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Baby Steps: Give 'Em a Hand

Q. My toddler seemed ambidextrous until a few weeks ago, when she started showing a slight preference for her left hand. She tends to use it for drawing and throwing, but not always, and she still uses her right hand for many other things. I'm tempted to encourage her to use her right hand because it doesn't seem easy to be a lefty in a right-handed world. What do you think?

A. Hand preference, or hand dominance, isn't really established until 2 or 3 years of age, so your daughter may still be experimenting with the feeling of working with different hands. Some children display a clear preference very early on but may switch later. Still others (usually boys) don't establish a preference until they're 5 or 6. So it's still early to say whether your daughter will be a righty or a lefty. (And she's most likely one or the other; true ambidextrousness is rare, occurring in only about 5 percent of the population.)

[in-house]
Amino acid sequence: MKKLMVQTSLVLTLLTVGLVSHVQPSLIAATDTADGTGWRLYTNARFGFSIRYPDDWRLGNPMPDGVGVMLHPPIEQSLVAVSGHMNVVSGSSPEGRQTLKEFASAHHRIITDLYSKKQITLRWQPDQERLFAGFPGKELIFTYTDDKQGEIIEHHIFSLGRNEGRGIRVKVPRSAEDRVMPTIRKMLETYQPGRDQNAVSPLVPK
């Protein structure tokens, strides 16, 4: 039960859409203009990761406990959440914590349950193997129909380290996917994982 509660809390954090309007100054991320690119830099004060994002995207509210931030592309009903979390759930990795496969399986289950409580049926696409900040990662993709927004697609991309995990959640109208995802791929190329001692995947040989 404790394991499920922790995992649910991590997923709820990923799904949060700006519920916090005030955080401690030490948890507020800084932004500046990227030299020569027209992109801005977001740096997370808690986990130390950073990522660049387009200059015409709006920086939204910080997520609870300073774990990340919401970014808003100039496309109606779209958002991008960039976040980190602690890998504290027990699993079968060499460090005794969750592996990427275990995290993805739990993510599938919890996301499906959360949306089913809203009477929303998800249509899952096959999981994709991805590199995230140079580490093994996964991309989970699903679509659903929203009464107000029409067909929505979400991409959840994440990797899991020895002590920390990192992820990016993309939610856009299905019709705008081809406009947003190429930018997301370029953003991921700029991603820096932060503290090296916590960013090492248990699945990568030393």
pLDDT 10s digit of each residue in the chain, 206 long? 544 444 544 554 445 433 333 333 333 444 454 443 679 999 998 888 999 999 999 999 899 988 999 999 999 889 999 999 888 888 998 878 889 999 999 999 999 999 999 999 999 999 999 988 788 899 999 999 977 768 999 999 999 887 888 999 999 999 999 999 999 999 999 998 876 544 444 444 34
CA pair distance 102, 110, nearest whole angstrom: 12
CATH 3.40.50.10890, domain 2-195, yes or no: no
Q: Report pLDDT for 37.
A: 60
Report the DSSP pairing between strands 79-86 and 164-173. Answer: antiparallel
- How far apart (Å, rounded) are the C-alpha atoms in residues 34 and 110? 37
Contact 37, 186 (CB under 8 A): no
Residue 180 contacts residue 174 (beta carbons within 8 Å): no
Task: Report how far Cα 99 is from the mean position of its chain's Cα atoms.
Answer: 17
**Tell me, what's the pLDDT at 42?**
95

If you want to offer things to your daughter in her right hand, that's fine -- if she's truly a lefty, she will simply switch hands. But I wouldn't recommend discouraging her from using her left hand if that's what she wants. It will only be frustrating and stressful for her, both now and in the future. The convenience of being in the majority will not make up for the difficulty of not being allowed to use the hand she's most comfortable with.

If your daughter does turn out to be a lefty, she's in good company. Architects are more often left-handed than right-handed, and three of our last five presidents are lefties. Multi-gazillionaire Bill Gates is left-handed. So even though there may be hassles associated with living in a right-handed world, lefties seem to do just fine.